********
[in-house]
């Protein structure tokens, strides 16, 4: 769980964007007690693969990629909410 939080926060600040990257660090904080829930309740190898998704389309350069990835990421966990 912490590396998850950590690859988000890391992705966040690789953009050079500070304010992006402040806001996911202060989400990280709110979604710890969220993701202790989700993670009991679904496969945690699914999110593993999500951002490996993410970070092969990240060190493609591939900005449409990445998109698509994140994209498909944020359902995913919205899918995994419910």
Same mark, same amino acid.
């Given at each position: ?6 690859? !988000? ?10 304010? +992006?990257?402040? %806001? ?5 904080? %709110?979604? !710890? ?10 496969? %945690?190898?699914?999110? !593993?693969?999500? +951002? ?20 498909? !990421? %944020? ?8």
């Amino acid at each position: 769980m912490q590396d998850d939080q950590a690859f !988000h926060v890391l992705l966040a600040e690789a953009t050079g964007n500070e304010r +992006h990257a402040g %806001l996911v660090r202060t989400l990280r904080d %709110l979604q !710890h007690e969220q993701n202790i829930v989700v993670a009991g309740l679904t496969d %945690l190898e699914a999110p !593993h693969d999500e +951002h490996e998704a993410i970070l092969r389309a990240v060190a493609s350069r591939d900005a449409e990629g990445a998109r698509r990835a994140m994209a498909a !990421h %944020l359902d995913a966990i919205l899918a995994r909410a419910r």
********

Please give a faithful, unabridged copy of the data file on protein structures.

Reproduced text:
[in-house]
């Protein structure tokens, strides 16, 4: 769980964007007690693969990629909410 939080926060600040990257660090904080829930309740190898998704389309350069990835990421966990 912490590396998850950590690859988000890391992705966040690789953009050079500070304010992006402040806001996911202060989400990280709110979604710890969220993701202790989700993670009991679904496969945690699914999110593993999500951002490996993410970070092969990240060190493609591939900005449409990445998109698509994140994209498909944020359902995913919205899918995994419910």
Same mark, same amino acid.
């Given at each position: ?6 690859? !988000? ?10 304010? +992006?990257?402040? %806001? ?5 904080? %709110?979604? !710890? ?10 496969? %945690?190898?699914?999110? !593993?693969?999500? +951002? ?20 498909? !990421? %944020? ?8």
């Amino acid at each position: 769980m912490q590396d998850d939080q950590a690859f !988000h926060v890391l992705l966040a600040e690789a953009t050079g964007n500070e304010r +992006h990257a402040g %806001l996911v660090r202060t989400l990280r904080d %709110l979604q !710890h007690e969220q993701n202790i829930v989700v993670a009991g309740l679904t496969d %945690l190898e699914a999110p !593993h693969d999500e +951002h490996e998704a993410i970070l092969r389309a990240v060190a493609s350069r591939d900005a449409e990629g990445a998109r698509r990835a994140m994209a498909a !990421h %944020l359902d995913a966990i919205l899918a995994r909410a419910r």